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The sub-field of international alumni affairs is a relatively new addition to the landscape of higher education, particularly outside the elite sphere of Oxbridge and the Ivy League. These privileged institutions have seen relatively high numbers of international students enroll for many years, and, through a combination of university-driven and alumni-driven initiatives, have gradually developed a formalized alumni presence in any number of countries worldwide.

Often, this alumni activity takes place under the auspices of an alumni club (sometimes referred to as an alumni network, chapter, or association), which frequently elects a president and governing board, operates a membership list and newsletter, and holds semi-regular events in the region. The number of international alumni, of course, vary among institutions: in 2016, Harvard University calculated 57,939 alumni worldwide, over half of whom were products of Harvard Business School. In the same year, Cornell University estimated that it had approximately 17,000 alumni with primary addresses outside of North America, and King’s College London currently notes that it has “over 48,000 overseas alumni” in total.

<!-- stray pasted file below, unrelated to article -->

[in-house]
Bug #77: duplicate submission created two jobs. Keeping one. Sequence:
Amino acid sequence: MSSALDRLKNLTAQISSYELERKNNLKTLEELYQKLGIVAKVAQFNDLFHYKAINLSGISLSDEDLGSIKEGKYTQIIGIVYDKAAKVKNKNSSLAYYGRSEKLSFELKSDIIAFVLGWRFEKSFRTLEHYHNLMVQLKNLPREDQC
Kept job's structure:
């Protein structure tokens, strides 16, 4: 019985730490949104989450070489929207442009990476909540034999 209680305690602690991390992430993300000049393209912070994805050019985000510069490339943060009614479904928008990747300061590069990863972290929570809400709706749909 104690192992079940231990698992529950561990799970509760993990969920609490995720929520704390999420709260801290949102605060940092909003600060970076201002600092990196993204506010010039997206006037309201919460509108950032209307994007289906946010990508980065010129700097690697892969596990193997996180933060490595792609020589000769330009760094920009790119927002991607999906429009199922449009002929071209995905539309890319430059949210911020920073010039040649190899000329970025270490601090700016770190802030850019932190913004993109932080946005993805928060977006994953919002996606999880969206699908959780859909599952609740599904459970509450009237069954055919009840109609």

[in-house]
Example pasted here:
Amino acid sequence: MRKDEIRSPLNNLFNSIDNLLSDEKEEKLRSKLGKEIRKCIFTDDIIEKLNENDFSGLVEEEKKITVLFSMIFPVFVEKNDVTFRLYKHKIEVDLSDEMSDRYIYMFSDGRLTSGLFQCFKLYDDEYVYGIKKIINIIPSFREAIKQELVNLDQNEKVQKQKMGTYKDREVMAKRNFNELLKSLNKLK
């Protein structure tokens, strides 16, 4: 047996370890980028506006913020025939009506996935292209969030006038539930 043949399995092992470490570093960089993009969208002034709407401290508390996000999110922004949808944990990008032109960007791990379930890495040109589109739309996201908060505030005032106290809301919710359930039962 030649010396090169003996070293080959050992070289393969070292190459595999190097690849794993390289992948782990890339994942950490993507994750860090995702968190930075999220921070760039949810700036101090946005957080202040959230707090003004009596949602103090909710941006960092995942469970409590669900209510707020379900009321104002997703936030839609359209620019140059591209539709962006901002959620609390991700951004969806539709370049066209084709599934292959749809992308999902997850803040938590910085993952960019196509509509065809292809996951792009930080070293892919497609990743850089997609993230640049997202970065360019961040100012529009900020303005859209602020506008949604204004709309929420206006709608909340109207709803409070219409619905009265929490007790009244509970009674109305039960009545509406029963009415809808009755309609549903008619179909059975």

The benefit to international alumni is a continued tie to their alma mater, social or professional networking connections with fellow alumni and often the opportunity to be engaged with some aspect of university operations by recruiting or interviewing prospective students, or by mentoring current students or recent graduates.

A smaller set of larger alumni clubs also engage in direct service to their local communities; for instance, Yale University operates a “Day of Service” program, which in 2017 included alumni-led activities including a London-based project with the British Refugee Council, an environmental protection project in Tehuacán, Mexico, and a YWCA fundraiser in Taipei. Alumni club affiliation facilitates the sense of “insider” access to current and future institutional developments, sometimes quite directly via site visits from senior level administrators or faculty. This engagement means that alumni are more familiar with (and invested in) the specific options available to them, should they be inclined to donate: they may choose to support student scholarships, residence hall renovation, a faculty position in their former discipline, or an innovation institute.

Universities, in turn, benefit from the often-noted three pillars of alumni engagement: time, treasure, and talent. That is to say, institutions benefit most obviously from the financial contributions of alumni, but also from the time invested by alumni in the student recruitment process (saving admissions offices time and money that would otherwise be spent on employee travel), and the accumulated talent of alumni, which can be utilized in career networking for students and alumni alike. For instance, Harvard University operates a biannual Global Networking Night, open to current students and alumni, located in 80+ locations around the world. Many schools, including the University of Cape Town, offer an online platform for students and alumni to exchange job tips, job listings, both questions and guidance virtually.